ABC has run an article sighting DHHS has reversed course on its opioid guidelines. They now advised doctors that cutting off pain patients’ prescriptions suddenly could do more harm than good.
So what are our healthcare professional and law enforcement agencies failing to recognize in their efforts to balance combating opioid abuse while humanely and responsibly managing chronic pain conditions for the public?
While the CDC breaks out data points for causes unrelated to mental health issues, the one category missing in its data collection efforts, and one for which they have abundant data, are the suicides related to forced tapering or termination of opioids in patients with legitimate medical needs.
In a new commentary in the New England Journal of Medicine (NEJM), authors of the 2016 CDC Guideline for Prescribing Opioids for Chronic Pain (Guideline) advise against misapplication of the Guideline that can risk patient health and safety.
More than half of the 4.2 million Americans who misused prescription opioids between 2012 and 2014 also engaged in binge drinking, according to a new study released today by the Centers for Disease Control and Prevention (CDC) in the American Journal of Preventive Medicine.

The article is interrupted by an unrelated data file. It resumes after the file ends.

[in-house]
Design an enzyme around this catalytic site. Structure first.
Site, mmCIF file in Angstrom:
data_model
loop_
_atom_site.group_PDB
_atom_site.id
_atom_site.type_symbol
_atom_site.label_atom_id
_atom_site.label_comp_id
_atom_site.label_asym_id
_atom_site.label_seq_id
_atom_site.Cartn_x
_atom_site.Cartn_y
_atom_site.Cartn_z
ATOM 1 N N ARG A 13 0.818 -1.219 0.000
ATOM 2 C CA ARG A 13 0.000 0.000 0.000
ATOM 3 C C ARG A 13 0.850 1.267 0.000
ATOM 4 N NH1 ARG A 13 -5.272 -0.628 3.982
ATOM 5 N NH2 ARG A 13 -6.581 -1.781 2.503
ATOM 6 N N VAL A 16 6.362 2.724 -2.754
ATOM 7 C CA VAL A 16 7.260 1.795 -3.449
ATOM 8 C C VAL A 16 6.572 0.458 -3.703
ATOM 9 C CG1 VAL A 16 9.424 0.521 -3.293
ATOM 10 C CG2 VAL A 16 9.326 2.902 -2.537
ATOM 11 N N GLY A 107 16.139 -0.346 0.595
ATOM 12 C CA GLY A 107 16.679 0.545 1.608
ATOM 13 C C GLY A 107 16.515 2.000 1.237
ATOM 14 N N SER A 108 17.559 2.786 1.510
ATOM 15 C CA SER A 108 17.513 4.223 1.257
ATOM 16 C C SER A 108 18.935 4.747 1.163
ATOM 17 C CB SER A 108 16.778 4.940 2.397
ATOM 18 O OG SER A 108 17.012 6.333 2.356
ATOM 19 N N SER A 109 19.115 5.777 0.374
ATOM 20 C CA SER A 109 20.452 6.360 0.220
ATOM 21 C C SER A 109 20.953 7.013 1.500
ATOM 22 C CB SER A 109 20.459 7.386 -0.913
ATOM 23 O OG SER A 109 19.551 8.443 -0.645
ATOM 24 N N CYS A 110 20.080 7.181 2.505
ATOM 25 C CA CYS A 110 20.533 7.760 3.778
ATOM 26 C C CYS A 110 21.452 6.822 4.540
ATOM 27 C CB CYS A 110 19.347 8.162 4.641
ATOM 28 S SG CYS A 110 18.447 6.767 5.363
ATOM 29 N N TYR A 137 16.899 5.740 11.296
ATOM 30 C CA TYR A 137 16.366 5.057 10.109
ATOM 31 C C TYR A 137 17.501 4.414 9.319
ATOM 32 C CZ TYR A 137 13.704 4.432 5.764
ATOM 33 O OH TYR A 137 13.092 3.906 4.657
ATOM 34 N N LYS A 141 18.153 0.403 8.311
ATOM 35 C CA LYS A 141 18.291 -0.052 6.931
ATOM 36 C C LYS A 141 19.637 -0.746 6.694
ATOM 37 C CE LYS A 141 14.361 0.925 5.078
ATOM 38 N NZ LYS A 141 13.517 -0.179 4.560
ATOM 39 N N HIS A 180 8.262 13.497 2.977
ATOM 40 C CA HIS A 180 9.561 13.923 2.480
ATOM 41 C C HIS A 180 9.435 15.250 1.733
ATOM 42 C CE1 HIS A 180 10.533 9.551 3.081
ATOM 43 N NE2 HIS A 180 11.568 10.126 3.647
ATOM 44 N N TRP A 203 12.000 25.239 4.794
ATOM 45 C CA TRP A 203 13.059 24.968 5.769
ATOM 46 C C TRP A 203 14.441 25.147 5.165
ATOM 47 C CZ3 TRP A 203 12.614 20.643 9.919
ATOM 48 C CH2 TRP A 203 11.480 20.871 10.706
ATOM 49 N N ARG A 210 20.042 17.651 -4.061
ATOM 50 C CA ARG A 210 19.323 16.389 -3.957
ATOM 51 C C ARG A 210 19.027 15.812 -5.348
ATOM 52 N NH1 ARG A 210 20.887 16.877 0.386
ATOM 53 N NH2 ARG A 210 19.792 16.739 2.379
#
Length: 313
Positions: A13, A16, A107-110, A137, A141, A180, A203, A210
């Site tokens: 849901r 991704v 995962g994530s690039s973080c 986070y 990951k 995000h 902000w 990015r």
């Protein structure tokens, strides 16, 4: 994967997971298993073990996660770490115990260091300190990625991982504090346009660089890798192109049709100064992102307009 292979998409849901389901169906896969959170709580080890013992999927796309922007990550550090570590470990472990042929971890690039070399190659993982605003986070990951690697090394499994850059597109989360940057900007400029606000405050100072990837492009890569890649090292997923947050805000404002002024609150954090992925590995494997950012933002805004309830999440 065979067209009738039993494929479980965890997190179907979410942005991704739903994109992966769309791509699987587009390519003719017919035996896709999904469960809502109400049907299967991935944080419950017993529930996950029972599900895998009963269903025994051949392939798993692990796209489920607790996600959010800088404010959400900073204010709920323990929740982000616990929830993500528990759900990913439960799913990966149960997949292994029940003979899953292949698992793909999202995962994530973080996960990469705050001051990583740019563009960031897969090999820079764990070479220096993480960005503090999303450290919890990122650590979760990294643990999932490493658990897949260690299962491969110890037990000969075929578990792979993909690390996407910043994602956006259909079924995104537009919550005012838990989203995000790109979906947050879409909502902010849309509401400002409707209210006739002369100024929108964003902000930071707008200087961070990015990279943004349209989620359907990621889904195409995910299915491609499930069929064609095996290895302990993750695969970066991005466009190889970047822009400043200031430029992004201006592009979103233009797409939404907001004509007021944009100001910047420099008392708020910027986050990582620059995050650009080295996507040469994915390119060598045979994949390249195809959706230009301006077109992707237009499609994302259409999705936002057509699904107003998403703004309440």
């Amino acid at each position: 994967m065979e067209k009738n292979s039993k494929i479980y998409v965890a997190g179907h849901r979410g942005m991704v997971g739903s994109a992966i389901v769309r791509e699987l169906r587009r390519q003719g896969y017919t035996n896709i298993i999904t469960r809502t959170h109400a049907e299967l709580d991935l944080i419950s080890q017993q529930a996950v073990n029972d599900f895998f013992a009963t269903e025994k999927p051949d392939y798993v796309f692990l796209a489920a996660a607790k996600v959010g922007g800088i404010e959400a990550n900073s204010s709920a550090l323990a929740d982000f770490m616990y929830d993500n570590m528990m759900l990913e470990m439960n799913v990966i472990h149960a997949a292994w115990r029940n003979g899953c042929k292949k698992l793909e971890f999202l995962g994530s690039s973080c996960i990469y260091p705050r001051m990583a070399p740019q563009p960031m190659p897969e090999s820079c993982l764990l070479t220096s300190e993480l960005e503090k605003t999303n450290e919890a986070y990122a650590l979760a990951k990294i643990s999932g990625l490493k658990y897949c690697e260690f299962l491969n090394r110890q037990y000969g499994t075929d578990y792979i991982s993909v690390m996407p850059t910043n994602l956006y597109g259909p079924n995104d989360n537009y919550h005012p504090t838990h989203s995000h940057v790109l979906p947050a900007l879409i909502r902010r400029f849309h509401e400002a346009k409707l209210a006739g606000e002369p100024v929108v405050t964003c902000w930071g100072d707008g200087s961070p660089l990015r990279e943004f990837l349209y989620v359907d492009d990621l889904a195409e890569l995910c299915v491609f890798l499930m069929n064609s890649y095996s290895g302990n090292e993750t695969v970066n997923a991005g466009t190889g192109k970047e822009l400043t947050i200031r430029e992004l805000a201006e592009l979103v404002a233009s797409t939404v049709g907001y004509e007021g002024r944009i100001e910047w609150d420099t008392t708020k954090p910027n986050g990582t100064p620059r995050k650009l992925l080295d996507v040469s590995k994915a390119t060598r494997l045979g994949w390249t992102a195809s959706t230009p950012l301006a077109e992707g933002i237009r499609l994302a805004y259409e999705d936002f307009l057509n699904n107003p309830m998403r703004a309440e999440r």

Ethical guidelines protecting people from a healthcare system too quick to profile them as opioid abusers, written into the standards of care, becomes an essential element of protecting the health and wellbeing of a public. Our tunnel vision on stopping opioid abuse can no longer afford the continued collateral damage it is causing. It is after all, the primary mandate of every state medical board to protect the public from healthcare gone awry, including those with chronic non-cancer pain.
In this article I will document what public healthcare and policy makers don’t want you to know, which is, there is no better treatment for chronic pain than opioids. This is based on our current understanding of molecular biology and pharmacology and despite claims that opioids are no more effective than Aspirin or Tylenol
With an estimated twenty million Americans now tapered down or terminated off of pain medication, medication which was used to remain employed as productive members of society, as members who paid into the system rather than drawing from it, our current national policy on restricting access to opioids to those with legitimate medical need, creates a new class of disenfranchised citizen.